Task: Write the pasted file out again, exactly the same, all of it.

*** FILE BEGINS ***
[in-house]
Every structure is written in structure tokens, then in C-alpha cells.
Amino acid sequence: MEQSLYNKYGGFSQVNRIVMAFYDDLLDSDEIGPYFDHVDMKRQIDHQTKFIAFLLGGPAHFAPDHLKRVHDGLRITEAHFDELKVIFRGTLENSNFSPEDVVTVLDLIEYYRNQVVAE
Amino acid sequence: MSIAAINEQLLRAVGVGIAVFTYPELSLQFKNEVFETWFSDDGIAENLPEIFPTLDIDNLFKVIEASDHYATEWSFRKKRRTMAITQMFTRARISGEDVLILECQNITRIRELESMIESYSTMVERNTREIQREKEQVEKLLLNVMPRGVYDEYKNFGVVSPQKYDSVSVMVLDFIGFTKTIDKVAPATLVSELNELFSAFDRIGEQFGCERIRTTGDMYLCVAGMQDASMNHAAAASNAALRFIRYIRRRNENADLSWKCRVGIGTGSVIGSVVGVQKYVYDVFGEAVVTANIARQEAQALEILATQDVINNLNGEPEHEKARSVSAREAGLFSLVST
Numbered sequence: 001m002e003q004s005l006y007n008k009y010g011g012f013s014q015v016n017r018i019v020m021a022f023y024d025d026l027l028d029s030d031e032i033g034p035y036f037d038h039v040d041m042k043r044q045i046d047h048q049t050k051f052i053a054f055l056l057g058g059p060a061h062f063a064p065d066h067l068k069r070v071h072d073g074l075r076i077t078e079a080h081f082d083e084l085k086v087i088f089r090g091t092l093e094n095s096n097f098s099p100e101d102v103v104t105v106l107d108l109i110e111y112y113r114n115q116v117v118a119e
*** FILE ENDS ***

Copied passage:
[in-house]
Every structure is written in structure tokens, then in C-alpha cells.
Amino acid sequence: MEQSLYNKYGGFSQVNRIVMAFYDDLLDSDEIGPYFDHVDMKRQIDHQTKFIAFLLGGPAHFAPDHLKRVHDGLRITEAHFDELKVIFRGTLENSNFSPEDVVTVLDLIEYYRNQVVAE
Amino acid sequence: MSIAAINEQLLRAVGVGIAVFTYPELSLQFKNEVFETWFSDDGIAENLPEIFPTLDIDNLFKVIEASDHYATEWSFRKKRRTMAITQMFTRARISGEDVLILECQNITRIRELESMIESYSTMVERNTREIQREKEQVEKLLLNVMPRGVYDEYKNFGVVSPQKYDSVSVMVLDFIGFTKTIDKVAPATLVSELNELFSAFDRIGEQFGCERIRTTGDMYLCVAGMQDASMNHAAAASNAALRFIRYIRRRNENADLSWKCRVGIGTGSVIGSVVGVQKYVYDVFGEAVVTANIARQEAQALEILATQDVINNLNGEPEHEKARSVSAREAGLFSLVST
Numbered sequence: 001m002e003q004s005l006y007n008k009y010g011g012f013s014q015v016n017r018i019v020m021a022f023y024d025d026l027l028d029s030d031e032i033g034p035y036f037d038h039v040d041m042k043r044q045i046d047h048q049t050k051f052i053a054f055l056l057g058g059p060a061h062f063a064p065d066h067l068k069r070v071h072d073g074l075r076i077t078e079a080h081f082d083e084l085k086v087i088f089r090g091t092l093e094n095s096n097f098s099p100e101d102v103v104t105v106l107d108l109i110e111y112y113r114n115q116v117v118a119e